While you can spot rabbits and hares (family Leporidae) across England today, did you know they are actually not native to the area? In fact, only one species is native to the entire island of Great Britain, and until its introduction further south, it was only found in Scotland. Two other species native to continental Europe are now also found in England, both believed to have been introduced by the ancient Romans some 2000 years ago. Read on to find out what rabbits and hares now call England home, and how they rank in size.
#1 European Hare (Lepus europaeus)
Size: 60 – 75 cm
Weight: 3 – 5 kg
The European hare, also known as the brown hare, is originally native to continental Europe and Asia. However, humans then introduced it elsewhere as a game animal, including in parts of North and South America, Australia, and New Zealand. The ancient Romans may have also first introduced it to Great Britain. It is the largest of the three species now found in England and one of the largest of all hares. European hares are found in woodland, grassland, and farmland habitats, and are most commonly encountered in eastern England.
#2 Mountain Hare (Lepus timidus)
Size: 43 – 61 cm
Weight: 2 – 4 kg (females usually slightly heavier than males)
The mountain hare is the only species on this list native to Great Britain, with a natural range that extends into Scotland. They now also exist as an introduced species in the Peak District of England. It is another large hare, but slightly smaller than its cousin the European hare. As a species primarily of polar and montane habitats across Eurasia, its coat has adapted to molt with the seasons, turning white for the winter and then back to brown in the spring. In England, they are mainly found in upland and moorland habitats.
#3 European rabbit (Oryctolagus cuniculus)
Size: 38 – 50 cm
Weight: 1.5 – 2.5 kg (males usually heavier than females)
The European rabbit, also known as the coney, is originally native to Southwestern Europe as well as a portion of the Atlas Mountains in northwestern Africa. The ancient Romans may have then spread them across much of the rest of Europe, including the British Isles. It is both the most common and the smallest of the three lagomorphs found in England, and the only rabbit. You can thus also easily distinguish them from the other two by their relatively smaller ears and shorter limbs. They are widespread across England in a variety of habitats and can even be found in urban areas.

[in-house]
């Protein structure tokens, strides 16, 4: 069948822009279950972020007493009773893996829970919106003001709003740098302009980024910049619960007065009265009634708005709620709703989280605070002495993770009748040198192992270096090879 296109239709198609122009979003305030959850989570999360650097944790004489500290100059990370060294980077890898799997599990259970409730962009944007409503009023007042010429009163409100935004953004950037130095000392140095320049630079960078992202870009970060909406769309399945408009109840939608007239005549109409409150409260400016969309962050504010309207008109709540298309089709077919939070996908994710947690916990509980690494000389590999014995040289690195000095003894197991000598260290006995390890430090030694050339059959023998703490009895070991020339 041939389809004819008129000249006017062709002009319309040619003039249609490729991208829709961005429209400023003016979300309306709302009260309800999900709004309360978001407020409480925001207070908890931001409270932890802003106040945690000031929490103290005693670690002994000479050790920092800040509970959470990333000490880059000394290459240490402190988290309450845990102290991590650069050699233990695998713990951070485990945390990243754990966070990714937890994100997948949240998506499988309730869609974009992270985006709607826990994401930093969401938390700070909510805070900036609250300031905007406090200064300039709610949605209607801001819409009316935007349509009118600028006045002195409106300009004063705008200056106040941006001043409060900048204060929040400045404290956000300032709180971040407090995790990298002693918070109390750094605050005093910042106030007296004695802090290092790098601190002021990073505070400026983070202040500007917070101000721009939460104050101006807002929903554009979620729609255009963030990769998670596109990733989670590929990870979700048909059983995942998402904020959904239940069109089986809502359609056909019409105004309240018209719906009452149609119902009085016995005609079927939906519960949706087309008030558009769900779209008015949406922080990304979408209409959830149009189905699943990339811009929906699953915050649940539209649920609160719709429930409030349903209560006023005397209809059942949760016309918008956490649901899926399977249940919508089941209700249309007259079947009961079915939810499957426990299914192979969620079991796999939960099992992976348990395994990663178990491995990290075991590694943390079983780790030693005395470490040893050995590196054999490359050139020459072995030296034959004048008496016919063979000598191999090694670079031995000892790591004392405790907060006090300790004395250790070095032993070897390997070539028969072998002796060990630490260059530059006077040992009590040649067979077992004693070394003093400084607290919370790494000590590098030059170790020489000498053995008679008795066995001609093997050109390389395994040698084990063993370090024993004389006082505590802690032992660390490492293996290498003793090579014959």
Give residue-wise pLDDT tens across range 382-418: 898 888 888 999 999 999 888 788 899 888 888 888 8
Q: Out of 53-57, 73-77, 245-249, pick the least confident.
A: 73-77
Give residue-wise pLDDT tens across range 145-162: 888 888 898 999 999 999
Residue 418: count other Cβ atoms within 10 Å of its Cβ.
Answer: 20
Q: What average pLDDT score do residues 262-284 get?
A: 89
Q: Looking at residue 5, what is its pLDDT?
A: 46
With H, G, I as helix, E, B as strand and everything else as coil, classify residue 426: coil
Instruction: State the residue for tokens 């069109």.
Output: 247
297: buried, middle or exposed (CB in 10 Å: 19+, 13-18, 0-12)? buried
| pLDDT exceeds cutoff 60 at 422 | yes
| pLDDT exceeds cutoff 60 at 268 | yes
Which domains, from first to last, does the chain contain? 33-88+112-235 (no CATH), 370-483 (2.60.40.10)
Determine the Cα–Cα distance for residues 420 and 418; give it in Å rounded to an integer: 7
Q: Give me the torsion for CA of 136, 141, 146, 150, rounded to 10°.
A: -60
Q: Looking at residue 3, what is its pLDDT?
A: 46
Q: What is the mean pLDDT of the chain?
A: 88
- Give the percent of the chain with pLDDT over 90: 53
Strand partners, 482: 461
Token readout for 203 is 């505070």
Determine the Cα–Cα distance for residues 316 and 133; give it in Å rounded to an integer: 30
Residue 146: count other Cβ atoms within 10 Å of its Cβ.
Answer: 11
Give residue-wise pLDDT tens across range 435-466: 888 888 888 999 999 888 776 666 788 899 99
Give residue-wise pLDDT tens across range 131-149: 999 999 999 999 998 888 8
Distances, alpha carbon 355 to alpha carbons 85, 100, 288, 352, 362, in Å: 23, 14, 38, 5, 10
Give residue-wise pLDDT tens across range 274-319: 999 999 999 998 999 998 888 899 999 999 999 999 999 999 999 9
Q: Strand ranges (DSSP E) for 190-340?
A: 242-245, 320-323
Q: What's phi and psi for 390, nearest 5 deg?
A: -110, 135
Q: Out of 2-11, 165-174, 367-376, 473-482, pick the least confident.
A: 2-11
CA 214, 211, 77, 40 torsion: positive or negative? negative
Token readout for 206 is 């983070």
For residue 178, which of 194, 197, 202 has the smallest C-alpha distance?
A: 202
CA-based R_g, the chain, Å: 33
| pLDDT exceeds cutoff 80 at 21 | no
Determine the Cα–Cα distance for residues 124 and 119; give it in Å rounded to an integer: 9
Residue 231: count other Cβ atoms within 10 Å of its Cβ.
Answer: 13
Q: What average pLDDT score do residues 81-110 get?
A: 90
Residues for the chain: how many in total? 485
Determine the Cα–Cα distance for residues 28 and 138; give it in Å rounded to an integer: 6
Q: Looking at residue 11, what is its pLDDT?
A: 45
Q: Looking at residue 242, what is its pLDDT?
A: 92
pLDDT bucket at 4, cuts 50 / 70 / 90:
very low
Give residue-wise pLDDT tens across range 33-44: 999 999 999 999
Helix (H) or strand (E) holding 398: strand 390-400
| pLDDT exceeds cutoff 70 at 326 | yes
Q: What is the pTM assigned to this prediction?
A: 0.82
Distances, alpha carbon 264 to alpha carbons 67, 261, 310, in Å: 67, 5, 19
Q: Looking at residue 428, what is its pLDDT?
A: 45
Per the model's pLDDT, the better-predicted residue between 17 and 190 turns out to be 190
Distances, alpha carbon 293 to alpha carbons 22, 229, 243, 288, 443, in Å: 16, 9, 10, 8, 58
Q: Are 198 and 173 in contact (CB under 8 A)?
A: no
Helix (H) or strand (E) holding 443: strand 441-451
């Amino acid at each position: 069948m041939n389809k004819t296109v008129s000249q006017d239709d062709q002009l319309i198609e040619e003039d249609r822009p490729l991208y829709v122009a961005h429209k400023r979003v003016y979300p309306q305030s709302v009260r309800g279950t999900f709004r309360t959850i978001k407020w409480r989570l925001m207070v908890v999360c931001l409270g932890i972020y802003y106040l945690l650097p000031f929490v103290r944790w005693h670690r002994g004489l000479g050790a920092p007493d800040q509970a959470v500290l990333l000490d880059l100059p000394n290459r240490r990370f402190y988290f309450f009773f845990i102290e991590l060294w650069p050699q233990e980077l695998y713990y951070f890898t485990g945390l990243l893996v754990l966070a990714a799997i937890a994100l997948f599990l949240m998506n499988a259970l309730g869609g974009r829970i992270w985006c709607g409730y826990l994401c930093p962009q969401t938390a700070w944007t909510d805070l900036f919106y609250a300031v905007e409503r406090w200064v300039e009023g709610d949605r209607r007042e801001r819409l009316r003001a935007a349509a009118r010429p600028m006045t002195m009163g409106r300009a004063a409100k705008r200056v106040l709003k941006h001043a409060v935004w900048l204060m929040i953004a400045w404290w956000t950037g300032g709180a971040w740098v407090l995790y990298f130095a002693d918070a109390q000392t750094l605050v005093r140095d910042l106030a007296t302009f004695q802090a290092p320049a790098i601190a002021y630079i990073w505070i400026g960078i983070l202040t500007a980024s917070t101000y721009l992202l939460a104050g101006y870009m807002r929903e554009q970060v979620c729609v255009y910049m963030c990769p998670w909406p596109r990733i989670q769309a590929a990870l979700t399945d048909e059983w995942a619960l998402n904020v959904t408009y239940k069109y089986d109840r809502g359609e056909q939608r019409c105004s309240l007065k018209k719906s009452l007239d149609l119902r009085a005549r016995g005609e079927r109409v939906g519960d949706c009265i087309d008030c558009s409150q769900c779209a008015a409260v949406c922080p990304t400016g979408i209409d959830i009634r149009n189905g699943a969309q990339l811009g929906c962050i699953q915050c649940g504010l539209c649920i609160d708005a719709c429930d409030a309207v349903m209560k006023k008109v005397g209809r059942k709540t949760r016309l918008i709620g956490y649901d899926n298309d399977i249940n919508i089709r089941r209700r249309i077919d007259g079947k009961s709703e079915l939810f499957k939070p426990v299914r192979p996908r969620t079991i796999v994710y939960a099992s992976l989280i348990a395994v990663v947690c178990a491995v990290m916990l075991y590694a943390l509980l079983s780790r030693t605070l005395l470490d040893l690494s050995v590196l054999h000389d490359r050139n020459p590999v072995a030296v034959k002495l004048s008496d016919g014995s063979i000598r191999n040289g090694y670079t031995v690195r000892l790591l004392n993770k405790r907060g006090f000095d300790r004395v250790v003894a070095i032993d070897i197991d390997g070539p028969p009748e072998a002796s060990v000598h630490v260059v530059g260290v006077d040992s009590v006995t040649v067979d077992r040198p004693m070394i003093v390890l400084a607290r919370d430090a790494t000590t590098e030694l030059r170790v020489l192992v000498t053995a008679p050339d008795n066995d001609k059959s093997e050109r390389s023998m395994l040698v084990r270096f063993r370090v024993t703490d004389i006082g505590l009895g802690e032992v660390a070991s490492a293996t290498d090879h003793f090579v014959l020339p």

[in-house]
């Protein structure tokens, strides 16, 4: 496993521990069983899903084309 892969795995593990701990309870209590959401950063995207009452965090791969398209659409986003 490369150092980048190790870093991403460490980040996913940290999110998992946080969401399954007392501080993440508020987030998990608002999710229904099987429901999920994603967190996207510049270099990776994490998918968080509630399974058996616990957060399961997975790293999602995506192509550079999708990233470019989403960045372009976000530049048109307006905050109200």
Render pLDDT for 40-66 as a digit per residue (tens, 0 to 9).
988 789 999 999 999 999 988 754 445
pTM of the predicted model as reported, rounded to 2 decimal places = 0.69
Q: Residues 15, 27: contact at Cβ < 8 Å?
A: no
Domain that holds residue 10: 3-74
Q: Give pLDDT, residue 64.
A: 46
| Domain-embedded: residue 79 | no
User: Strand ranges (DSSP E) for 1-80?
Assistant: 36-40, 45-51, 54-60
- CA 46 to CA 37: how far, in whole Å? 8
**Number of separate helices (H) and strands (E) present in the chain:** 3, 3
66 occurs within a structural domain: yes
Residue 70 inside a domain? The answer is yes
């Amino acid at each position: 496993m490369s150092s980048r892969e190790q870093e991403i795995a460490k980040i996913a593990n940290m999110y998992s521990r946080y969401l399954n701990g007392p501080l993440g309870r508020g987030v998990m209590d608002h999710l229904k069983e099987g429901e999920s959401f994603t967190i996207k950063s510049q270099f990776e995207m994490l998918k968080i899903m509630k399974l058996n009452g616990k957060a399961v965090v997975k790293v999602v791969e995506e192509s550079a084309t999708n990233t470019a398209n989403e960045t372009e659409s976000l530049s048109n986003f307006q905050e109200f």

There are only three species of rabbits and hares currently found hopping around England. Furthermore, none of these are even originally native to the region but rather are introduced species. The largest of these is the European hare, which is also one of the largest of all the lagomorphs. Then there is the slightly smaller mountain hare, found only in the Peak District. Finally, there is the smallest of the three and the only rabbit, the European rabbit. While the mountain hare has a native range to the north in Scotland, the other two are theorized to have been brought over from mainland Europe by the ancient Romans.
It is also important to remember that all breeds of domestic rabbit (Oryctolagus cuniculus domesticus) derive from the wild European rabbit. There are now over 300 breeds of domestic rabbits, and they come in a wide variety of sizes and colors. It is always possible that you may see a lost or abandoned individual out in the wild. If you believe you have found a non-wild rabbit, please contact a local rabbit rescue for help!
Summary of the 3 Largest Rabbits and Hares Hopping Around England
|Common Name||Scientific Name||Size||Weight|
|European Hare||Lepus europaeus||60 – 75 cm||3 – 5 kg|
|Mountain Hare||Lepus timidus||43 – 61 cm||2 – 4 kg|
(females usually slightly heavier than males)
|European rabbit||Oryctolagus cuniculus||38 – 50 cm||1.5 – 2.5 kg|
(males usually heavier than females)
The photo featured at the top of this post is © JMrocek/iStock via Getty Images
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